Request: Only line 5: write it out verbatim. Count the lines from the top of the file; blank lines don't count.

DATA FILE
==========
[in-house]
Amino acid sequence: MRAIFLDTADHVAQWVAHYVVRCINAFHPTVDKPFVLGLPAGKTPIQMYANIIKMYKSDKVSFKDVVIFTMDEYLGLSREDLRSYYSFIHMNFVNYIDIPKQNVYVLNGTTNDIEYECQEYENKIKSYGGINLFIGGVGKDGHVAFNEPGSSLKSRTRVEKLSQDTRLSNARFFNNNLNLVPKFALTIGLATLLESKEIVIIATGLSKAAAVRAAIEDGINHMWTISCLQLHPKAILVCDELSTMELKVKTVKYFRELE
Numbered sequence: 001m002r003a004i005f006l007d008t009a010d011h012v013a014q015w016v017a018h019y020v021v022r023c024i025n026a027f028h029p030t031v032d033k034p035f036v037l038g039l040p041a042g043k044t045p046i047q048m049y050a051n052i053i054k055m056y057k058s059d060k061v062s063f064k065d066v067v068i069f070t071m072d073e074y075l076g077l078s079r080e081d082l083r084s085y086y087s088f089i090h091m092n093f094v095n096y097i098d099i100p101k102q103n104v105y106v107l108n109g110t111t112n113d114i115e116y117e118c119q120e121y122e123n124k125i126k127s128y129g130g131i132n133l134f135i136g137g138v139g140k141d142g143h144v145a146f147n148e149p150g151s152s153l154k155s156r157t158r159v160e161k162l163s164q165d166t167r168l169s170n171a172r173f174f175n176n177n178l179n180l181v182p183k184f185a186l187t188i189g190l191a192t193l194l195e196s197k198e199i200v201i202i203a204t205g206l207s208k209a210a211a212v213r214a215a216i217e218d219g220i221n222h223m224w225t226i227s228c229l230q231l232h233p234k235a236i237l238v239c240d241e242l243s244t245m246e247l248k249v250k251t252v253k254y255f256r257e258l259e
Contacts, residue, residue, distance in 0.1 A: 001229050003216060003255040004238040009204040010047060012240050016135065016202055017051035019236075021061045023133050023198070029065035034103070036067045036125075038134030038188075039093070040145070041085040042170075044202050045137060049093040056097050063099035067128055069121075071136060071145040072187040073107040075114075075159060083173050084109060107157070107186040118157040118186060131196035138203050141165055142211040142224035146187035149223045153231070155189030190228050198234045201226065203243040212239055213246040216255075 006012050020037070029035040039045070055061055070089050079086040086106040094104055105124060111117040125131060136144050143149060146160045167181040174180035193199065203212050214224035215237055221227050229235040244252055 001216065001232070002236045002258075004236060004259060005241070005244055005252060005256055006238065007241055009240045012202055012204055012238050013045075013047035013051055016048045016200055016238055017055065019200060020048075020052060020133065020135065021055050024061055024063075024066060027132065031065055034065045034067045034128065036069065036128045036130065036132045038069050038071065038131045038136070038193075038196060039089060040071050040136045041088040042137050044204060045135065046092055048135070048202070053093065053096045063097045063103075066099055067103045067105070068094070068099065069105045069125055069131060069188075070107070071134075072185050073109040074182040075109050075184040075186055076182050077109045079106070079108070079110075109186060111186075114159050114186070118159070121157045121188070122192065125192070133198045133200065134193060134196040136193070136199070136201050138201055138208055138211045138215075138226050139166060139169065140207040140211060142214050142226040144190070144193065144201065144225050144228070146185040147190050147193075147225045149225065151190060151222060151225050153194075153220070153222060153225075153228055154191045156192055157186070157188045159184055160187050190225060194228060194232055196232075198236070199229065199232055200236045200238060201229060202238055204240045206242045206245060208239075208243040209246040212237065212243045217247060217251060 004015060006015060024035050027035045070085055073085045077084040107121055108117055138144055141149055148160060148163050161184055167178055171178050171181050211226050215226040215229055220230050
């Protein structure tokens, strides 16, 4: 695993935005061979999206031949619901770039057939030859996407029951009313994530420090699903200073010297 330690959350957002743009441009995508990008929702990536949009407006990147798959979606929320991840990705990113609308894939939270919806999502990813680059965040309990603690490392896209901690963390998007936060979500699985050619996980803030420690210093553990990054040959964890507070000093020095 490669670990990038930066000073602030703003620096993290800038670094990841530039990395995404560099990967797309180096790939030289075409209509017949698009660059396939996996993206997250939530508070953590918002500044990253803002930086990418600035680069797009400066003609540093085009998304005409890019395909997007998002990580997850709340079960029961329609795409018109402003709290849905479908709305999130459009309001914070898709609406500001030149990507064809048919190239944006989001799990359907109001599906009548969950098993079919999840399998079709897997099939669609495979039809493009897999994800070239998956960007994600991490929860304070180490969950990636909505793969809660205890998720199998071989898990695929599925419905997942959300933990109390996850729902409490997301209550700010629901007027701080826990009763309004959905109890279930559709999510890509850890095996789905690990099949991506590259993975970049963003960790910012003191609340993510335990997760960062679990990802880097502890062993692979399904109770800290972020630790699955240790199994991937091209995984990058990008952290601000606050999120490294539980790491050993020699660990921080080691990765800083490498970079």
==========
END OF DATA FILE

């Protein structure tokens, strides 16, 4: 695993935005061979999206031949619901770039057939030859996407029951009313994530420090699903200073010297 330690959350957002743009441009995508990008929702990536949009407006990147798959979606929320991840990705990113609308894939939270919806999502990813680059965040309990603690490392896209901690963390998007936060979500699985050619996980803030420690210093553990990054040959964890507070000093020095 490669670990990038930066000073602030703003620096993290800038670094990841530039990395995404560099990967797309180096790939030289075409209509017949698009660059396939996996993206997250939530508070953590918002500044990253803002930086990418600035680069797009400066003609540093085009998304005409890019395909997007998002990580997850709340079960029961329609795409018109402003709290849905479908709305999130459009309001914070898709609406500001030149990507064809048919190239944006989001799990359907109001599906009548969950098993079919999840399998079709897997099939669609495979039809493009897999994800070239998956960007994600991490929860304070180490969950990636909505793969809660205890998720199998071989898990695929599925419905997942959300933990109390996850729902409490997301209550700010629901007027701080826990009763309004959905109890279930559709999510890509850890095996789905690990099949991506590259993975970049963003960790910012003191609340993510335990997760960062679990990802880097502890062993692979399904109770800290972020630790699955240790199994991937091209995984990058990008952290601000606050999120490294539980790491050993020699660990921080080691990765800083490498970079």